The whispering heart - Silent heart attack

    What you should know about a silent heart attack and its deadly assault on your body
    We know the obvious signs of a heart attack: chest pain, shortness of breath, a cold sweat. But what if you’re going through one without the symptoms, when you’re out shopping, or in the gym, or even at a friend’s? Cardiologists tell us more.

    It has a name
    “A heart attack does not always have obvious symptoms. It can happen without a person knowing it. Known as a silent heart attack or medically referred to as Silent Myocardial Infraction (SMI), it is like any other heart attack where blood flow to a section of the heart is temporarily blocked and can cause scarring and damage to the heart muscle,” says Dr Niraj Gupta, Director Cardiology Center, Medanta Africare, Nairobi Kenya.

    It is more common than we realise
    The World Health Organization talks of asymptomatic (with no symptoms) ischemia (inadequate blood supply to an organ, in this case the heart). This occurs in approximately 25% to 50% of patients with coronary artery disease (CAD). It may outnumber symptomatic episodes by a ratio of more than 20:1.

    They are dangerous for more than one reason
    Since you don’t get treatment as soon as you should, blood flow to the heart might not be restored quite as quickly as actually feeling the symptoms and getting help. The impact on the future is greater. “Compared to other countries, in Kenya, heart attack occurs at a much younger age. Once you have had a silent heart attack you may not take proper treatment to prevent further attacks, nor will you be jolted into a healthy lifestyle. All these make you more vulnerable to a more dangerous heart attack in future,” says Dr Niraj Gupta, Director Cardiology Center, Medanta Africare.

    Symptoms are subtle and don’t last long
    Those who suffer a silent heart attack may experience unexplained fatigue, common with women and the elderly. People may also experience symptoms of heart disease (rather than heart attack) and only later discover that they have suffered from one, sometimes weeks or months after it occurs. These are subtle, non-specific symptoms: indigestion or the feeling of a heavy weight being placed on the chest, a squeezing or wringing sensation, pain that extends to the neck, jaw, back, abdomen, arm, shoulder and that may be misconstrued as a strained muscle, digestion problems like nausea, vomiting or overall GI problems. SMI symptoms can be so mild, and so brief, they often get confused for regular discomfort or another less serious problem. “The pain is not always around the heart region. Even people who have had a heart attack may not recognise the signs, because this can have entirely different symptoms. Those with diabetes may not feel the pain,” says Dr Niraj Gupta, Director Cardiology Center, Medanta Africare. If you have at least two symptoms, check in with your doctor, he says.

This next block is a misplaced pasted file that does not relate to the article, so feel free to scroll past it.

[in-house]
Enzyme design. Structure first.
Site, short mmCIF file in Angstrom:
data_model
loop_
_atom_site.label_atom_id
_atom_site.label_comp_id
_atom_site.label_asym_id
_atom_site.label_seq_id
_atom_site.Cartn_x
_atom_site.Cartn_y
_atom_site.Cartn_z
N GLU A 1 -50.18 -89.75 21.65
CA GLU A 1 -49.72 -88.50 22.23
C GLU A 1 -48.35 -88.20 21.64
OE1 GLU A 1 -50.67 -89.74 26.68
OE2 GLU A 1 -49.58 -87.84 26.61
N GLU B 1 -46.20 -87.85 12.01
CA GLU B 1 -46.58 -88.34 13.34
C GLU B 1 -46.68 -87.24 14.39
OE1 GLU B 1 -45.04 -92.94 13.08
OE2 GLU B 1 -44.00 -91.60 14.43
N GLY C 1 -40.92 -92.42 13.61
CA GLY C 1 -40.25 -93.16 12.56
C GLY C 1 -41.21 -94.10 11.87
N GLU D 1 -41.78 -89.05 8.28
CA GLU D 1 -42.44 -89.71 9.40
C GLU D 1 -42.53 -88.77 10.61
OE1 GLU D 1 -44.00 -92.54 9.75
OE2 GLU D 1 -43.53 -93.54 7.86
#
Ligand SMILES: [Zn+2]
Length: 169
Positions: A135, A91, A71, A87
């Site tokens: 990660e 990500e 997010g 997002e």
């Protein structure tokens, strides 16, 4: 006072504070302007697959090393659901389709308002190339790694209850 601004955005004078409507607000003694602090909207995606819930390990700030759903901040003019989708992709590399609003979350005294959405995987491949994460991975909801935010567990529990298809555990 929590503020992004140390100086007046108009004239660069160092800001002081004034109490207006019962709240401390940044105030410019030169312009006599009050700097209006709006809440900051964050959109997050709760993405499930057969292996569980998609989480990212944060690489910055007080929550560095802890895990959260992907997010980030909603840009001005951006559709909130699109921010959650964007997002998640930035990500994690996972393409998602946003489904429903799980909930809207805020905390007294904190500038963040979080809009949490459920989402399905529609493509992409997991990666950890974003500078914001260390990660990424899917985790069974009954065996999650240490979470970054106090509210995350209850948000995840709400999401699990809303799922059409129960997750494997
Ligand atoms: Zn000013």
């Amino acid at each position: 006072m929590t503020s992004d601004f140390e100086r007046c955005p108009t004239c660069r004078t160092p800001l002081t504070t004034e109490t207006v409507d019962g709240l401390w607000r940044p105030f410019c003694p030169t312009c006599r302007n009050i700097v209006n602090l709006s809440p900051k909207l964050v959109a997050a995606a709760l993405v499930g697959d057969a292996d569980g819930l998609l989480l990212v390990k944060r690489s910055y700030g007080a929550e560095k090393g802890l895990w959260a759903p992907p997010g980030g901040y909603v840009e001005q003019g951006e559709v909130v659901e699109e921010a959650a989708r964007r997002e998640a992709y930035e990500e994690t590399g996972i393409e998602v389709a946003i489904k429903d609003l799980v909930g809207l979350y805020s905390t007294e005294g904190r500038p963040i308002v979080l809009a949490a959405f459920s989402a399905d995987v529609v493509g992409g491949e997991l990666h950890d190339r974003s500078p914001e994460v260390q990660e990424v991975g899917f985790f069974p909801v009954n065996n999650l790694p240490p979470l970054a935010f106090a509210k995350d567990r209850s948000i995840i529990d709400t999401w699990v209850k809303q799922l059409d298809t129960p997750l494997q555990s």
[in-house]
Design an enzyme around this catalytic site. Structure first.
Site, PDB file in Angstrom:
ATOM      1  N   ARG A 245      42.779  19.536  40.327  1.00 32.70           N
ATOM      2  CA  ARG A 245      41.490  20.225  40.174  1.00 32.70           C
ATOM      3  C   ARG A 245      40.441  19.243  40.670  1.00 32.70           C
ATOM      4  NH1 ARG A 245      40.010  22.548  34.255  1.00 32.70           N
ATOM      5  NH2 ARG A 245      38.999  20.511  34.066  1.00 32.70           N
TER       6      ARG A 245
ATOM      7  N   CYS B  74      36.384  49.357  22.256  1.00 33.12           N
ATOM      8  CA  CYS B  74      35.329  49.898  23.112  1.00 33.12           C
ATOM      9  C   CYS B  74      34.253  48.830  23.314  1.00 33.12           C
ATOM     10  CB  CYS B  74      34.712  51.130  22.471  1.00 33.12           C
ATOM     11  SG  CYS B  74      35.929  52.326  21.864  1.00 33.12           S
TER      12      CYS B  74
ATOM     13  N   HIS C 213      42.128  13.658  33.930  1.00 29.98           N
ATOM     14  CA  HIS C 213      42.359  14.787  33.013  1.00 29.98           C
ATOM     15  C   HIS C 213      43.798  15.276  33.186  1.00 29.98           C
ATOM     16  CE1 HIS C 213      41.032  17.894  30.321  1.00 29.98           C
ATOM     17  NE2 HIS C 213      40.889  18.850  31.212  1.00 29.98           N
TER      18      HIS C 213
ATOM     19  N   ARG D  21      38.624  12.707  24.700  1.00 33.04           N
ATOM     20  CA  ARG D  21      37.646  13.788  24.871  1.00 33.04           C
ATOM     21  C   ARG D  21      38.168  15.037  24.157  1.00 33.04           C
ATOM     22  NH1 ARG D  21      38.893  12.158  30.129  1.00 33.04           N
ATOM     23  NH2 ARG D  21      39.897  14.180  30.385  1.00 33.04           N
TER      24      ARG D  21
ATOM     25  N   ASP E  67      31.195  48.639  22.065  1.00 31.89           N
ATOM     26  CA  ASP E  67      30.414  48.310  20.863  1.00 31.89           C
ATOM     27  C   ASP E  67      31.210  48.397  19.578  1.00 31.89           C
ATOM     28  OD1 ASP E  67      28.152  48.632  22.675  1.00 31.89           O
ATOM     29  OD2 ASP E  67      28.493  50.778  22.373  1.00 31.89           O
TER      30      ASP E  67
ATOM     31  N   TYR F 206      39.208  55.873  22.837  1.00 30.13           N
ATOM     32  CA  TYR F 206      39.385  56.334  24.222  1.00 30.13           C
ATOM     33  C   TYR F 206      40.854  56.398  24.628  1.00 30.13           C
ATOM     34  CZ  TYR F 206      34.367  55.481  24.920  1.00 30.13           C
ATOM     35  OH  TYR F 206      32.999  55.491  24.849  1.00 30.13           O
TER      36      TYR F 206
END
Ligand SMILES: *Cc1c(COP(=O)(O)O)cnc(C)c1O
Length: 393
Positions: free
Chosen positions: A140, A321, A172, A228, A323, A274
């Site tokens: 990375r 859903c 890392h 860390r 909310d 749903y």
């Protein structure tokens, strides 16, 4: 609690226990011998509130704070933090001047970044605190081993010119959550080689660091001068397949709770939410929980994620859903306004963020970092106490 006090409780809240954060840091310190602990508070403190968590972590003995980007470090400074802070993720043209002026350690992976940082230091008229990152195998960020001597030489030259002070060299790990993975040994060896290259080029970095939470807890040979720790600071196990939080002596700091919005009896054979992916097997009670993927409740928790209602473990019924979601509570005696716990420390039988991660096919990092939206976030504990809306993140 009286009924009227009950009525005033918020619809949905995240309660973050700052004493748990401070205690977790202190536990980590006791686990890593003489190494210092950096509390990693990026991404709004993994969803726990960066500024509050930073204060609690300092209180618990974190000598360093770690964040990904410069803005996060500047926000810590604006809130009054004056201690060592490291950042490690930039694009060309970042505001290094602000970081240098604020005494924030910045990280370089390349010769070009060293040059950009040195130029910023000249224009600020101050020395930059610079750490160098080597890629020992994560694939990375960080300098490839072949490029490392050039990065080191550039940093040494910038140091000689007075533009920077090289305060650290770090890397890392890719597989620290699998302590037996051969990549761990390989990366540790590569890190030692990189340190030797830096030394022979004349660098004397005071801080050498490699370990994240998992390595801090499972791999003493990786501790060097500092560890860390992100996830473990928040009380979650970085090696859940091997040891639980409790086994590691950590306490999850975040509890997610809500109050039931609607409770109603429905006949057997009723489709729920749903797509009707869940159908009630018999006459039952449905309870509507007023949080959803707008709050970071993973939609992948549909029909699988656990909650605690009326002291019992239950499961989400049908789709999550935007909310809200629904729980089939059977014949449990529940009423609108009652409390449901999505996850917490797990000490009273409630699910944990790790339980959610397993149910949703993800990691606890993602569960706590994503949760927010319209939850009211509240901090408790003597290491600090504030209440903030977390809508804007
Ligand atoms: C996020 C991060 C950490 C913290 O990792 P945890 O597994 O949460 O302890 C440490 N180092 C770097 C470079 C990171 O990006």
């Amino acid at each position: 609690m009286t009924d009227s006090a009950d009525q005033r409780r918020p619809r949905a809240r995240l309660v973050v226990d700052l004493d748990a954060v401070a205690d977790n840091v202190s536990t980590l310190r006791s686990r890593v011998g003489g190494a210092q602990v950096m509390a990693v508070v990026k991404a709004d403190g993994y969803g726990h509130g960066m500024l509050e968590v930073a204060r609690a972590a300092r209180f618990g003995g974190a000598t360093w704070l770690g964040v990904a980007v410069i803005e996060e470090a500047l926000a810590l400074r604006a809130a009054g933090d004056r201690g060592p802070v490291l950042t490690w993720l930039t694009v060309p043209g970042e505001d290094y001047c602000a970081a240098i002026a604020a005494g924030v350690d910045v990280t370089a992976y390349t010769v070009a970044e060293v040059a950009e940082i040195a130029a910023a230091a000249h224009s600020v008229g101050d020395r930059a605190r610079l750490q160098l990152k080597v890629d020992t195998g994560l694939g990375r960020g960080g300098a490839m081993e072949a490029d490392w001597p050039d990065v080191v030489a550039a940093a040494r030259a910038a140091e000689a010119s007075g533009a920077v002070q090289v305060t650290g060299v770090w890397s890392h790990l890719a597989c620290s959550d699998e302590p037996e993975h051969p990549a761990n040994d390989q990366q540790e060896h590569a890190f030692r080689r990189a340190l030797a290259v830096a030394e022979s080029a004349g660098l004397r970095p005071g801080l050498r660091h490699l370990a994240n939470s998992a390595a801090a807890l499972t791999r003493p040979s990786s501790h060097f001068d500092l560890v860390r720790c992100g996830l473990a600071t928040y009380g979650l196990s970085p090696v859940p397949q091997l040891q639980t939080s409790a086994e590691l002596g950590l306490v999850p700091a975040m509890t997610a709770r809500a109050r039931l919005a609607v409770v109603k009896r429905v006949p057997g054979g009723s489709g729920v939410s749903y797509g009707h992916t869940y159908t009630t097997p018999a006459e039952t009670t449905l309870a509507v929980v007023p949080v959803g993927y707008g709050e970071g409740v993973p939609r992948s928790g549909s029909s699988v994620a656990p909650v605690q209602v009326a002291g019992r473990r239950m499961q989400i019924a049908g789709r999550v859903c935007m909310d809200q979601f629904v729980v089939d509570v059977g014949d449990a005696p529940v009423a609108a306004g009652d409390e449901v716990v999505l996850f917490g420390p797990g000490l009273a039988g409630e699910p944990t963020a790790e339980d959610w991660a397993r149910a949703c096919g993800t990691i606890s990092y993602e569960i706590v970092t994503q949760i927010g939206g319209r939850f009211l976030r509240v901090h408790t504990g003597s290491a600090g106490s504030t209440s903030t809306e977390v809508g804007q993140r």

The risk factors are the same
    A sedentary lifestyle and diet, hypertension, being overweight, obese and inactive, diabetes, a family history of heart disease, tobacco use, are all responsible. “Apart from these risk factors, there are certain population groups that have been found to be at an increased risk of silent heart attack. Patients with known Coronary Artery Disease (CAD) have silent ischemic episodes four times as often as symptomatic episodes. Critically ill patients admitted to the Intensive Care Unit (ICU) for non-cardiac causes are at risk of this too. There is also a relatively high incidence of peri-operative (around the time of surgery) SMI in the geriatric population undergoing elective surgery,” says Dr Gupta. Those living with diabetes are at twice the risk compared to those who don’t have the disease. Obstructive sleep apnoea is also associated with an increased risk of silent heart attack.

    You must react
    If you notice the signs, contact your nearest hospital immediately. As soon as you get to the hospital, let them know of the symptoms. Tests like an electrocardiogram (ECG), echocardiogram and radionucleotide imaging studies among others help diagnose whether or not a person has suffered from a silent heart attack. If an SMI is diagnosed, your cardiologist can identify the risk factors and help design treatment strategy to help prevent a second heart attack.

    We can prevent it
    Keep the risk factors at bay, and look to a healthy lifestyle. Exercise, eat a diet predominantly of vegetables and fruits, avoid smoking, cut stress and keep drinking to a minimum. Above all, listen to your body and when you sense that something’s amiss, there’s no harm getting it checkout out. “Timely intervention in the form of prevention or timely treatment is paramount to saving lives,” says Dr. Niraj Gupta.